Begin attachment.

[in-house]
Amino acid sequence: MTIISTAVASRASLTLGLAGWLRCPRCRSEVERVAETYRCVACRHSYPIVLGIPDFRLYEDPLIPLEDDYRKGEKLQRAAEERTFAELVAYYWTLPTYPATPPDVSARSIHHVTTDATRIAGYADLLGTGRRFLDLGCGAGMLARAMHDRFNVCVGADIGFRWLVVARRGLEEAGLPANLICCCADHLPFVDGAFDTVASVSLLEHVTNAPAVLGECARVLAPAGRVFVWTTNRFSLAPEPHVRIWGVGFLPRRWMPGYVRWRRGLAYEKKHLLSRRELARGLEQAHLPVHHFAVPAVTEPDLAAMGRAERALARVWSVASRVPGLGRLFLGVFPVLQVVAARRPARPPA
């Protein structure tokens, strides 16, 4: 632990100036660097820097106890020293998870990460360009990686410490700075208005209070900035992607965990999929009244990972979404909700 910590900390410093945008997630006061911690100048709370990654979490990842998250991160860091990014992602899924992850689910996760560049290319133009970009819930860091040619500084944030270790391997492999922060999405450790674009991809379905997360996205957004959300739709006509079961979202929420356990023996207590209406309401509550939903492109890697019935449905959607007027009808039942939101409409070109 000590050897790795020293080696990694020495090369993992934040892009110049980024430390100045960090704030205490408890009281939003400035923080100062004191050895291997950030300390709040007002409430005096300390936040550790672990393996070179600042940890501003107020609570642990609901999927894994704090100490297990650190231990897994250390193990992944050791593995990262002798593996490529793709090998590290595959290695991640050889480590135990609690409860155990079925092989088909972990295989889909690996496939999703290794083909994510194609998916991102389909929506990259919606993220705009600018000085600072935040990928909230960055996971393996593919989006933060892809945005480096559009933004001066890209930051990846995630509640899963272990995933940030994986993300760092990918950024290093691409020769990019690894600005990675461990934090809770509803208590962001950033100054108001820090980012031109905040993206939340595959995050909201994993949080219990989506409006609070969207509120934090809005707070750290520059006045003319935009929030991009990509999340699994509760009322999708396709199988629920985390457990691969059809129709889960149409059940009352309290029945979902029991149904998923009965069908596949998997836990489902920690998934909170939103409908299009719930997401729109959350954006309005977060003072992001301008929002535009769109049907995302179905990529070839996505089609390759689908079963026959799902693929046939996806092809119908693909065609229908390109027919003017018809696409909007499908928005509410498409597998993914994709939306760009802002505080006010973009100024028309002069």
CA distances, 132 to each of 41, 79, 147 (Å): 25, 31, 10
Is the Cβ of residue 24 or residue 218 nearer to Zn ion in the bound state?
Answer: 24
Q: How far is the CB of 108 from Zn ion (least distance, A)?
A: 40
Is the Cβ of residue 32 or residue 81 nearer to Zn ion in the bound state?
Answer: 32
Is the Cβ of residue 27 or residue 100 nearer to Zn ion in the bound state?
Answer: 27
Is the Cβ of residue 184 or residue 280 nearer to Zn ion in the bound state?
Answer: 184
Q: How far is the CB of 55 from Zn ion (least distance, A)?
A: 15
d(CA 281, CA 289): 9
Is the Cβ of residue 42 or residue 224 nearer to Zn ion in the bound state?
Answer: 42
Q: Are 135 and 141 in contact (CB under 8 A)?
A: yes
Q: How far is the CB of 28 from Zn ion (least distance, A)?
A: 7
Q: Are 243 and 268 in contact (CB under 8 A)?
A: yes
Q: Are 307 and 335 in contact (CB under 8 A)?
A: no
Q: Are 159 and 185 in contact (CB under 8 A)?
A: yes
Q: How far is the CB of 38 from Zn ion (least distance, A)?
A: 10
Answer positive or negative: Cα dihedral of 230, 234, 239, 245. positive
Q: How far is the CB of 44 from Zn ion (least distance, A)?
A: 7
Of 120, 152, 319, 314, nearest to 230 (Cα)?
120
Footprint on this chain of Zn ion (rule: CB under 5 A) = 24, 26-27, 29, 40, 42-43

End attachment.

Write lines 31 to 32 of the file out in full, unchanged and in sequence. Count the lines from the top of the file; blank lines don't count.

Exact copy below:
A: 10
Answer positive or negative: Cα dihedral of 230, 234, 239, 245. positive